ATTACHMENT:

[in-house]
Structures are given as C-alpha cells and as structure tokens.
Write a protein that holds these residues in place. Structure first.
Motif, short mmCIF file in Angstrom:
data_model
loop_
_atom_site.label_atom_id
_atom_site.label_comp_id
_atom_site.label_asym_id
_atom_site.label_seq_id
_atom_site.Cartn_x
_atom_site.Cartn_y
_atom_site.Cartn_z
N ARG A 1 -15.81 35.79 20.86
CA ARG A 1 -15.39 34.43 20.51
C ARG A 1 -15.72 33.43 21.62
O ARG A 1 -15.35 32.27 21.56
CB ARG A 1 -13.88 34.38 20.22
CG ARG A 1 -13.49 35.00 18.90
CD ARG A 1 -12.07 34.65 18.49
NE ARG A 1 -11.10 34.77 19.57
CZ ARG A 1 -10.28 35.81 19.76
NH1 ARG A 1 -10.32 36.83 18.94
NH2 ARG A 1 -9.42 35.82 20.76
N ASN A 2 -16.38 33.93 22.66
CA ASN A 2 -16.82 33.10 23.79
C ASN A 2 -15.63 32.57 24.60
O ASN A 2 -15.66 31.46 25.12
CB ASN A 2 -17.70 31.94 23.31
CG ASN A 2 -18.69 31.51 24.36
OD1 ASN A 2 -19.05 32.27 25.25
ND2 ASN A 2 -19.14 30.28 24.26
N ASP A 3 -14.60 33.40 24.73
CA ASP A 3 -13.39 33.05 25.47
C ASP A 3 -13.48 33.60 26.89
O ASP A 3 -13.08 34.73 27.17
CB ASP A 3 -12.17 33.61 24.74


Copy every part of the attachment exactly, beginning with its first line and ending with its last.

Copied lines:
[in-house]
Structures are given as C-alpha cells and as structure tokens.
Write a protein that holds these residues in place. Structure first.
Motif, short mmCIF file in Angstrom:
data_model
loop_
_atom_site.label_atom_id
_atom_site.label_comp_id
_atom_site.label_asym_id
_atom_site.label_seq_id
_atom_site.Cartn_x
_atom_site.Cartn_y
_atom_site.Cartn_z
N ARG A 1 -15.81 35.79 20.86
CA ARG A 1 -15.39 34.43 20.51
C ARG A 1 -15.72 33.43 21.62
O ARG A 1 -15.35 32.27 21.56
CB ARG A 1 -13.88 34.38 20.22
CG ARG A 1 -13.49 35.00 18.90
CD ARG A 1 -12.07 34.65 18.49
NE ARG A 1 -11.10 34.77 19.57
CZ ARG A 1 -10.28 35.81 19.76
NH1 ARG A 1 -10.32 36.83 18.94
NH2 ARG A 1 -9.42 35.82 20.76
N ASN A 2 -16.38 33.93 22.66
CA ASN A 2 -16.82 33.10 23.79
C ASN A 2 -15.63 32.57 24.60
O ASN A 2 -15.66 31.46 25.12
CB ASN A 2 -17.70 31.94 23.31
CG ASN A 2 -18.69 31.51 24.36
OD1 ASN A 2 -19.05 32.27 25.25
ND2 ASN A 2 -19.14 30.28 24.26
N ASP A 3 -14.60 33.40 24.73
CA ASP A 3 -13.39 33.05 25.47
C ASP A 3 -13.48 33.60 26.89
O ASP A 3 -13.08 34.73 27.17
CB ASP A 3 -12.17 33.61 24.74